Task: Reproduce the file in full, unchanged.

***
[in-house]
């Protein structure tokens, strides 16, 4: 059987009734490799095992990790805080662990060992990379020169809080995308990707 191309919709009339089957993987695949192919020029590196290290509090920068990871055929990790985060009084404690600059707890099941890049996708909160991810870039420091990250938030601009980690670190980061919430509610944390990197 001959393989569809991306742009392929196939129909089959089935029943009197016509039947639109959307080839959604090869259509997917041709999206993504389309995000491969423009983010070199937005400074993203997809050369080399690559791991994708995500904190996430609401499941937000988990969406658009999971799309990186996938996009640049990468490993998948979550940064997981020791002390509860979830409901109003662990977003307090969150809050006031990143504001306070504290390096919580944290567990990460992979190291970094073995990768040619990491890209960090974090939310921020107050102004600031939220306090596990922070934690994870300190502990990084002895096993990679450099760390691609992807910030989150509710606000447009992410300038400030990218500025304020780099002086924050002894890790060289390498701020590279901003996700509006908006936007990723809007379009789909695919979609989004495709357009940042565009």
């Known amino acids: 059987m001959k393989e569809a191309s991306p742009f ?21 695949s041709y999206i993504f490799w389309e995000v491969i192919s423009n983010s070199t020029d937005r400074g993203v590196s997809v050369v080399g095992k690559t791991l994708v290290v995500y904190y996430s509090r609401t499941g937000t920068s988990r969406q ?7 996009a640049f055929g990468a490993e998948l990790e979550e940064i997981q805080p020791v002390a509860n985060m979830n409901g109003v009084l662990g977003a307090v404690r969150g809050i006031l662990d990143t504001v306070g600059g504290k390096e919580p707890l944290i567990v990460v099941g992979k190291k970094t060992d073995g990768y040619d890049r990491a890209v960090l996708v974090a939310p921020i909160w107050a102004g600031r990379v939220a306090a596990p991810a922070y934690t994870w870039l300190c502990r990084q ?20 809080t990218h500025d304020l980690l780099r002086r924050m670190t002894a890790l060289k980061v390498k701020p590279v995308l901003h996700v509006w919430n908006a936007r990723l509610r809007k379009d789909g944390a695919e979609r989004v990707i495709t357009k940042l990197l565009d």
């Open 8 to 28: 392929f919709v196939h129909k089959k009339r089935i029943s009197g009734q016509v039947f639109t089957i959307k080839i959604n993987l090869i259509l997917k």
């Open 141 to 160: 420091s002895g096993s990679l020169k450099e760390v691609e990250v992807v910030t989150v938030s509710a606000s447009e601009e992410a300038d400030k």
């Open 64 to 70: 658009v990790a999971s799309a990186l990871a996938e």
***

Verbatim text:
[in-house]
């Protein structure tokens, strides 16, 4: 059987009734490799095992990790805080662990060992990379020169809080995308990707 191309919709009339089957993987695949192919020029590196290290509090920068990871055929990790985060009084404690600059707890099941890049996708909160991810870039420091990250938030601009980690670190980061919430509610944390990197 001959393989569809991306742009392929196939129909089959089935029943009197016509039947639109959307080839959604090869259509997917041709999206993504389309995000491969423009983010070199937005400074993203997809050369080399690559791991994708995500904190996430609401499941937000988990969406658009999971799309990186996938996009640049990468490993998948979550940064997981020791002390509860979830409901109003662990977003307090969150809050006031990143504001306070504290390096919580944290567990990460992979190291970094073995990768040619990491890209960090974090939310921020107050102004600031939220306090596990922070934690994870300190502990990084002895096993990679450099760390691609992807910030989150509710606000447009992410300038400030990218500025304020780099002086924050002894890790060289390498701020590279901003996700509006908006936007990723809007379009789909695919979609989004495709357009940042565009």
């Known amino acids: 059987m001959k393989e569809a191309s991306p742009f ?21 695949s041709y999206i993504f490799w389309e995000v491969i192919s423009n983010s070199t020029d937005r400074g993203v590196s997809v050369v080399g095992k690559t791991l994708v290290v995500y904190y996430s509090r609401t499941g937000t920068s988990r969406q ?7 996009a640049f055929g990468a490993e998948l990790e979550e940064i997981q805080p020791v002390a509860n985060m979830n409901g109003v009084l662990g977003a307090v404690r969150g809050i006031l662990d990143t504001v306070g600059g504290k390096e919580p707890l944290i567990v990460v099941g992979k190291k970094t060992d073995g990768y040619d890049r990491a890209v960090l996708v974090a939310p921020i909160w107050a102004g600031r990379v939220a306090a596990p991810a922070y934690t994870w870039l300190c502990r990084q ?20 809080t990218h500025d304020l980690l780099r002086r924050m670190t002894a890790l060289k980061v390498k701020p590279v995308l901003h996700v509006w919430n908006a936007r990723l509610r809007k379009d789909g944390a695919e979609r989004v990707i495709t357009k940042l990197l565009d």
């Open 8 to 28: 392929f919709v196939h129909k089959k009339r089935i029943s009197g009734q016509v039947f639109t089957i959307k080839i959604n993987l090869i259509l997917k």
């Open 141 to 160: 420091s002895g096993s990679l020169k450099e760390v691609e990250v992807v910030t989150v938030s509710a606000s447009e601009e992410a300038d400030k």
């Open 64 to 70: 658009v990790a999971s799309a990186l990871a996938e």